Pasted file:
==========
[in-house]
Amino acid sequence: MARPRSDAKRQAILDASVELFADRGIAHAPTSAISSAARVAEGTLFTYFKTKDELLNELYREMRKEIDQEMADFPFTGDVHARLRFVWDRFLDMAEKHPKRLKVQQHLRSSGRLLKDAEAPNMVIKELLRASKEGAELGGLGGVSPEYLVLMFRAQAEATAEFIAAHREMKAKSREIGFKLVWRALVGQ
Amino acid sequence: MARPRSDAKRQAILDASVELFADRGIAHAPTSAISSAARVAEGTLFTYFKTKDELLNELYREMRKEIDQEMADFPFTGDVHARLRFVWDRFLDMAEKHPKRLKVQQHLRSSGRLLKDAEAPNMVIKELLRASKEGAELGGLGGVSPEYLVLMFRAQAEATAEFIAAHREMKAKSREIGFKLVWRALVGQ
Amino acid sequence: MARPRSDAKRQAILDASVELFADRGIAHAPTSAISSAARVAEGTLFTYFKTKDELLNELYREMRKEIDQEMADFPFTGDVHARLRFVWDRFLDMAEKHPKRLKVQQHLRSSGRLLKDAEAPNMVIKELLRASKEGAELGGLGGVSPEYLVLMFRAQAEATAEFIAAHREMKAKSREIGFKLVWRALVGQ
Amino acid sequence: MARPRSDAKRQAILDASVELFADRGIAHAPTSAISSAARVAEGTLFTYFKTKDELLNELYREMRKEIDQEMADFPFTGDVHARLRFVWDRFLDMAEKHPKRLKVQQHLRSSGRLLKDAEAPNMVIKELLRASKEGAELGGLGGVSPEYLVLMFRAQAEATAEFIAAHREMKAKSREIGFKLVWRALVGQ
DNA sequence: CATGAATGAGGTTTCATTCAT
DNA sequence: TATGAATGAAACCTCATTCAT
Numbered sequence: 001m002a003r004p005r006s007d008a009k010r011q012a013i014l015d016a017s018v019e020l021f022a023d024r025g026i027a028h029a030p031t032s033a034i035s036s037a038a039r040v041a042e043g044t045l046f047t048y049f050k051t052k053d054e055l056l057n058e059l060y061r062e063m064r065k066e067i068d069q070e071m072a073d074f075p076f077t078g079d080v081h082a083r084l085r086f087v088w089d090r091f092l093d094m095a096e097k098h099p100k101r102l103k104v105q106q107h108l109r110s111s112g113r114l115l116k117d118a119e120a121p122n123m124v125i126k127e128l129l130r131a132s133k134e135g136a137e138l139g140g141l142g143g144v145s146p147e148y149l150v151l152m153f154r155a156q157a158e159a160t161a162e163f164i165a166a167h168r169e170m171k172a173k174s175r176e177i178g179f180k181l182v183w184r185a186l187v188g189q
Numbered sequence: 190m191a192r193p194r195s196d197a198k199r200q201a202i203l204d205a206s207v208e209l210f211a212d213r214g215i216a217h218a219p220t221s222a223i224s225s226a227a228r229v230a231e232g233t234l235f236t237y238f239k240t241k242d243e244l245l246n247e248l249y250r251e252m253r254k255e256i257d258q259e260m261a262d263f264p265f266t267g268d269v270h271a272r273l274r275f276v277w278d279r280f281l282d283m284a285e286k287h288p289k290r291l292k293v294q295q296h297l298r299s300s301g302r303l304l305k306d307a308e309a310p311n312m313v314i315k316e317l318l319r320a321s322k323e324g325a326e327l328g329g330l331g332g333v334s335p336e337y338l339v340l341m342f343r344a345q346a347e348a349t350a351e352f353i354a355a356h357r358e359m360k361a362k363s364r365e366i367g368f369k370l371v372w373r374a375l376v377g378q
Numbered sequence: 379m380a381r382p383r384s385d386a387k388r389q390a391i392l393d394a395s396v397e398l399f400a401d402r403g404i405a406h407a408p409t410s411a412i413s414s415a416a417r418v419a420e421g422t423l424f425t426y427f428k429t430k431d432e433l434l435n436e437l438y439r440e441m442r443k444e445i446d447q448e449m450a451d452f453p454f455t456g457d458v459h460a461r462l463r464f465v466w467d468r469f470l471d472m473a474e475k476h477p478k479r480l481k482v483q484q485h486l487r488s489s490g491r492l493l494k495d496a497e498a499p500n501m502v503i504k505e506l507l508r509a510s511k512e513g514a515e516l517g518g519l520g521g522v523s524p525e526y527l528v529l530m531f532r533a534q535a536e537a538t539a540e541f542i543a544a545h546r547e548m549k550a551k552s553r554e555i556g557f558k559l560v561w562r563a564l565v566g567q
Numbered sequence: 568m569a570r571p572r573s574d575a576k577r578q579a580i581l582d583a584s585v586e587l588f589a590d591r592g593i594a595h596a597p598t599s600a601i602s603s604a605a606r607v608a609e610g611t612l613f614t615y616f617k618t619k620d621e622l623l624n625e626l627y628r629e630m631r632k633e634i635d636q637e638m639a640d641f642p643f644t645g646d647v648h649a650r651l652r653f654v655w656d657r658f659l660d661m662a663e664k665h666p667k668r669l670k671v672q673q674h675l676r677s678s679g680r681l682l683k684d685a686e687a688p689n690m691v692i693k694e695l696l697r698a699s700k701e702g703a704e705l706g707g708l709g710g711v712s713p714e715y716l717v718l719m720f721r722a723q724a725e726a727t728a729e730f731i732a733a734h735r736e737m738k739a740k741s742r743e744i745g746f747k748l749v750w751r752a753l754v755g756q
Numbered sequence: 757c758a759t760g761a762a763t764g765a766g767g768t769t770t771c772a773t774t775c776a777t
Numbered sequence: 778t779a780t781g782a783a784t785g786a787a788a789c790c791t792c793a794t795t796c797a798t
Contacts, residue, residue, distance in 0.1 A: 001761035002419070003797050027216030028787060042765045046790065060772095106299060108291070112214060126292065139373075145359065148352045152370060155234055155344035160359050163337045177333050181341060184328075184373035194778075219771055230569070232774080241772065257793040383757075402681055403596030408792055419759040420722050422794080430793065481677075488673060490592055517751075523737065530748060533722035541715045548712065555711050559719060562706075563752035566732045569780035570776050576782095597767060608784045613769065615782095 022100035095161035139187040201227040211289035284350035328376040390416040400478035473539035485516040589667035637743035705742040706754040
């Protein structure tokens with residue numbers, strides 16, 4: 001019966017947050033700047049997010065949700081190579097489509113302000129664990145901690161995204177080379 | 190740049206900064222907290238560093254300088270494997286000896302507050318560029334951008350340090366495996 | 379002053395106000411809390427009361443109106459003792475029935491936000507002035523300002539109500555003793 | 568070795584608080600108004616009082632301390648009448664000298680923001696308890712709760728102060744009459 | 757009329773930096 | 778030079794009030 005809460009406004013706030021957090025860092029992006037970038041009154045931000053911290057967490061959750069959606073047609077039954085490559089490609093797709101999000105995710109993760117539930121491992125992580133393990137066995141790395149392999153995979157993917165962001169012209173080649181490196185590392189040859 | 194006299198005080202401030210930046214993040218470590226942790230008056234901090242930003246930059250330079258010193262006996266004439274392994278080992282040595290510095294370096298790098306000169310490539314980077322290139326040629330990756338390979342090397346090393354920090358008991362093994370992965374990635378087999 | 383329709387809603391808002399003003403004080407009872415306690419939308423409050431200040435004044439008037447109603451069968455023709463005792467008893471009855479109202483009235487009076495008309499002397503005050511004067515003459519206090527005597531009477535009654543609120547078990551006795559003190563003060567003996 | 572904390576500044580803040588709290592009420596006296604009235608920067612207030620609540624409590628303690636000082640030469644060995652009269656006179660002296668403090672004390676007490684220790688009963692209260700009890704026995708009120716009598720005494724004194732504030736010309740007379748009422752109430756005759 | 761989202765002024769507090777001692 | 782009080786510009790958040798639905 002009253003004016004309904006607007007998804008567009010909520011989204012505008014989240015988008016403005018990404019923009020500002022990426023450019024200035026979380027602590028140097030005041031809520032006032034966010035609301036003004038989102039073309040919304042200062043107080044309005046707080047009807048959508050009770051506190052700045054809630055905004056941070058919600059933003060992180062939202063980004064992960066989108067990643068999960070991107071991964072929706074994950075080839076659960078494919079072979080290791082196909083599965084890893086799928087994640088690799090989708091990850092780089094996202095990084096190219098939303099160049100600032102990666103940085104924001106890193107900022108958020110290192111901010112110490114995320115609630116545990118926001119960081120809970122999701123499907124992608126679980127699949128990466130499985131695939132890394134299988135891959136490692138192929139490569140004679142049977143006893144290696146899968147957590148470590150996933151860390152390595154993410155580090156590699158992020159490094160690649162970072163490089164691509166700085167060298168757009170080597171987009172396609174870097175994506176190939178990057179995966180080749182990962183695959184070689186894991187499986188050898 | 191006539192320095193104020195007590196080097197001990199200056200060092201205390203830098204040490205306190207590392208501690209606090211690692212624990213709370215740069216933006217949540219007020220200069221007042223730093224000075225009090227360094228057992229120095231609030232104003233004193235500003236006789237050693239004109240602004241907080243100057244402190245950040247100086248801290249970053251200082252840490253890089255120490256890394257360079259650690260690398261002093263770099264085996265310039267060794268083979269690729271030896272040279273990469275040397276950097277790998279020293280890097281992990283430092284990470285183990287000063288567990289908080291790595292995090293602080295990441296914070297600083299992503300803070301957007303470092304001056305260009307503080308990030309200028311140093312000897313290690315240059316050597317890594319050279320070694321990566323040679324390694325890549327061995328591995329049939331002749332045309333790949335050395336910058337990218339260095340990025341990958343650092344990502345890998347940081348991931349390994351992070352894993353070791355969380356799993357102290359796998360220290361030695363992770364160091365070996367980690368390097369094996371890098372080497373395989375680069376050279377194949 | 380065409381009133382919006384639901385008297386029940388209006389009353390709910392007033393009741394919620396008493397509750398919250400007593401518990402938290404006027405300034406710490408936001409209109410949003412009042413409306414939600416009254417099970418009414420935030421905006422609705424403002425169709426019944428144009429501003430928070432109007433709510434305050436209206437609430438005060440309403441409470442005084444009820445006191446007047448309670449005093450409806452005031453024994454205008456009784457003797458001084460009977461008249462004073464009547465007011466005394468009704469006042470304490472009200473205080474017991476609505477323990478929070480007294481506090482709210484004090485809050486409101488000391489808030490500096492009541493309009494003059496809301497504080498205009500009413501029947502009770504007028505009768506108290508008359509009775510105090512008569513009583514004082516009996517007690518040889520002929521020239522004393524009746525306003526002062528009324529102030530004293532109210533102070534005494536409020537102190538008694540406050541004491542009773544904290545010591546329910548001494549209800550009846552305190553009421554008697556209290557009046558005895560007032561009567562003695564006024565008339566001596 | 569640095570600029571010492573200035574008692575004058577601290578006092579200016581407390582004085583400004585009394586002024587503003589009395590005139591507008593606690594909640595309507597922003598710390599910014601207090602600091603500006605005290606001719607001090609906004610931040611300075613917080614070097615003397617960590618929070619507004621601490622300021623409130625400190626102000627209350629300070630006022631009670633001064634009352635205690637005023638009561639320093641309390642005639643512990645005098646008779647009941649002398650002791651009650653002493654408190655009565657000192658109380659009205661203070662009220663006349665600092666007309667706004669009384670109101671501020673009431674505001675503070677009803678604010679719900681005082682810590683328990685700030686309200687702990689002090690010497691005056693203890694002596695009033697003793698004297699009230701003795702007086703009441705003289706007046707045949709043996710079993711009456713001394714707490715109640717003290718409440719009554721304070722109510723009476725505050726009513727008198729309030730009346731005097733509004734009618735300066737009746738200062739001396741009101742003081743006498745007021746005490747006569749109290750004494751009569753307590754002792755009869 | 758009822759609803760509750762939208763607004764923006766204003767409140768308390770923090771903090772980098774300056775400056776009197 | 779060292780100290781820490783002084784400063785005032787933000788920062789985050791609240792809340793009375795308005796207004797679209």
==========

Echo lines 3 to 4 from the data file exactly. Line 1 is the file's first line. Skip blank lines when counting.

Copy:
Amino acid sequence: MARPRSDAKRQAILDASVELFADRGIAHAPTSAISSAARVAEGTLFTYFKTKDELLNELYREMRKEIDQEMADFPFTGDVHARLRFVWDRFLDMAEKHPKRLKVQQHLRSSGRLLKDAEAPNMVIKELLRASKEGAELGGLGGVSPEYLVLMFRAQAEATAEFIAAHREMKAKSREIGFKLVWRALVGQ
Amino acid sequence: MARPRSDAKRQAILDASVELFADRGIAHAPTSAISSAARVAEGTLFTYFKTKDELLNELYREMRKEIDQEMADFPFTGDVHARLRFVWDRFLDMAEKHPKRLKVQQHLRSSGRLLKDAEAPNMVIKELLRASKEGAELGGLGGVSPEYLVLMFRAQAEATAEFIAAHREMKAKSREIGFKLVWRALVGQ